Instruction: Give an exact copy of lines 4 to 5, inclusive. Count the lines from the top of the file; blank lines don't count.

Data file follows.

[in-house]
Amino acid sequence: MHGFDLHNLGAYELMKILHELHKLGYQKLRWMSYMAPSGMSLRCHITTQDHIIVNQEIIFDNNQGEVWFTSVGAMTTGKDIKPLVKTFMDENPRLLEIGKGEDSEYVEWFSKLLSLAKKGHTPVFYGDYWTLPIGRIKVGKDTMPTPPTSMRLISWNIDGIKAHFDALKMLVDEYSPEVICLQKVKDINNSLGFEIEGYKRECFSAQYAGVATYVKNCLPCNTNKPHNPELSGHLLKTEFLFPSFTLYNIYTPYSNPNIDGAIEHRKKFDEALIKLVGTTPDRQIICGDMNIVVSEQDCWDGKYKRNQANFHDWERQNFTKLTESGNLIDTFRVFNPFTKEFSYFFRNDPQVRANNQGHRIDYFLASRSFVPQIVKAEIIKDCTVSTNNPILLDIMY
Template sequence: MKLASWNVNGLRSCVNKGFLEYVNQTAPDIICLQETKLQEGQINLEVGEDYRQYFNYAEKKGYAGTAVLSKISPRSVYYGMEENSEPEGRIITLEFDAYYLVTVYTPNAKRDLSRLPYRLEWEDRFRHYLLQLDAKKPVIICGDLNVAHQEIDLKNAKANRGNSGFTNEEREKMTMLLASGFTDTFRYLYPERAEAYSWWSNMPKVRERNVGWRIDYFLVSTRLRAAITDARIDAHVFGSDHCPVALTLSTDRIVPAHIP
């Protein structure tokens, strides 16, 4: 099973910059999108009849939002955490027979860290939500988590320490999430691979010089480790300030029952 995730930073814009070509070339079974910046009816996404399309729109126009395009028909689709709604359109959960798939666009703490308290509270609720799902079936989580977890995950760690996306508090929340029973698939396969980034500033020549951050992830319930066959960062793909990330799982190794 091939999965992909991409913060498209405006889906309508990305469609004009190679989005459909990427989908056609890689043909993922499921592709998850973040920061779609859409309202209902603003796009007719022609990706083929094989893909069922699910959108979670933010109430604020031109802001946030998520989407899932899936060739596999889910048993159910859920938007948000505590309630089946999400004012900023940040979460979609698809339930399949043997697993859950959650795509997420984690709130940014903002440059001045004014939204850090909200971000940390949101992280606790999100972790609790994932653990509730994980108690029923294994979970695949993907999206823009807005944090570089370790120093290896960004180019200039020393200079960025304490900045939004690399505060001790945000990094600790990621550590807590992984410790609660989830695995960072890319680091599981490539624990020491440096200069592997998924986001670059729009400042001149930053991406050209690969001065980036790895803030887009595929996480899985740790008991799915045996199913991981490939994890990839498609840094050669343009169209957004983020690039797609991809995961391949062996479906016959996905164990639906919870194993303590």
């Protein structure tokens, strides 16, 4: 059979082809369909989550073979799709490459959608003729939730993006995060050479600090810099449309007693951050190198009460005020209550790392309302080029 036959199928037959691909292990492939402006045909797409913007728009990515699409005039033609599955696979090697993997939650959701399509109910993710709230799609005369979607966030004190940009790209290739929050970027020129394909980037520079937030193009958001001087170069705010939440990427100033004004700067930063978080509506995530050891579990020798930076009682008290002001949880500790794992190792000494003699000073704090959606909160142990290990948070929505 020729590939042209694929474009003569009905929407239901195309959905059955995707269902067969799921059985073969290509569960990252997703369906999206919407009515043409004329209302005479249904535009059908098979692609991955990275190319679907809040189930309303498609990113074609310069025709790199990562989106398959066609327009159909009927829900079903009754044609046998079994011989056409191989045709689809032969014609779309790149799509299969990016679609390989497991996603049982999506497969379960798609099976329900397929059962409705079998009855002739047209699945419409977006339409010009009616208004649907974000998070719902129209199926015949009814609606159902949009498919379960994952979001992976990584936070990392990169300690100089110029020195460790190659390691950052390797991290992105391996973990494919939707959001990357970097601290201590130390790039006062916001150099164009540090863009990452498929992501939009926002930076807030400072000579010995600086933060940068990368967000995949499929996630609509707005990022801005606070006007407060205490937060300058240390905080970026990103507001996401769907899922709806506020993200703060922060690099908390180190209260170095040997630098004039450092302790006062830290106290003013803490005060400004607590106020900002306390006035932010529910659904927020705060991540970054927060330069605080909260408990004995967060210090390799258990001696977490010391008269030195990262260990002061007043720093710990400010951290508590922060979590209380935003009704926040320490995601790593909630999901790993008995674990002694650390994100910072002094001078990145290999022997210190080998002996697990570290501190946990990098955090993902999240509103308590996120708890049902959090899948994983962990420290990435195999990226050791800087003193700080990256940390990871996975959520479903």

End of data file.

């Protein structure tokens, strides 16, 4: 099973910059999108009849939002955490027979860290939500988590320490999430691979010089480790300030029952 995730930073814009070509070339079974910046009816996404399309729109126009395009028909689709709604359109959960798939666009703490308290509270609720799902079936989580977890995950760690996306508090929340029973698939396969980034500033020549951050992830319930066959960062793909990330799982190794 091939999965992909991409913060498209405006889906309508990305469609004009190679989005459909990427989908056609890689043909993922499921592709998850973040920061779609859409309202209902603003796009007719022609990706083929094989893909069922699910959108979670933010109430604020031109802001946030998520989407899932899936060739596999889910048993159910859920938007948000505590309630089946999400004012900023940040979460979609698809339930399949043997697993859950959650795509997420984690709130940014903002440059001045004014939204850090909200971000940390949101992280606790999100972790609790994932653990509730994980108690029923294994979970695949993907999206823009807005944090570089370790120093290896960004180019200039020393200079960025304490900045939004690399505060001790945000990094600790990621550590807590992984410790609660989830695995960072890319680091599981490539624990020491440096200069592997998924986001670059729009400042001149930053991406050209690969001065980036790895803030887009595929996480899985740790008991799915045996199913991981490939994890990839498609840094050669343009169209957004983020690039797609991809995961391949062996479906016959996905164990639906919870194993303590």
């Protein structure tokens, strides 16, 4: 059979082809369909989550073979799709490459959608003729939730993006995060050479600090810099449309007693951050190198009460005020209550790392309302080029 036959199928037959691909292990492939402006045909797409913007728009990515699409005039033609599955696979090697993997939650959701399509109910993710709230799609005369979607966030004190940009790209290739929050970027020129394909980037520079937030193009958001001087170069705010939440990427100033004004700067930063978080509506995530050891579990020798930076009682008290002001949880500790794992190792000494003699000073704090959606909160142990290990948070929505 020729590939042209694929474009003569009905929407239901195309959905059955995707269902067969799921059985073969290509569960990252997703369906999206919407009515043409004329209302005479249904535009059908098979692609991955990275190319679907809040189930309303498609990113074609310069025709790199990562989106398959066609327009159909009927829900079903009754044609046998079994011989056409191989045709689809032969014609779309790149799509299969990016679609390989497991996603049982999506497969379960798609099976329900397929059962409705079998009855002739047209699945419409977006339409010009009616208004649907974000998070719902129209199926015949009814609606159902949009498919379960994952979001992976990584936070990392990169300690100089110029020195460790190659390691950052390797991290992105391996973990494919939707959001990357970097601290201590130390790039006062916001150099164009540090863009990452498929992501939009926002930076807030400072000579010995600086933060940068990368967000995949499929996630609509707005990022801005606070006007407060205490937060300058240390905080970026990103507001996401769907899922709806506020993200703060922060690099908390180190209260170095040997630098004039450092302790006062830290106290003013803490005060400004607590106020900002306390006035932010529910659904927020705060991540970054927060330069605080909260408990004995967060210090390799258990001696977490010391008269030195990262260990002061007043720093710990400010951290508590922060979590209380935003009704926040320490995601790593909630999901790993008995674990002694650390994100910072002094001078990145290999022997210190080998002996697990570290501190946990990098955090993902999240509103308590996120708890049902959090899948994983962990420290990435195999990226050791800087003193700080990256940390990871996975959520479903």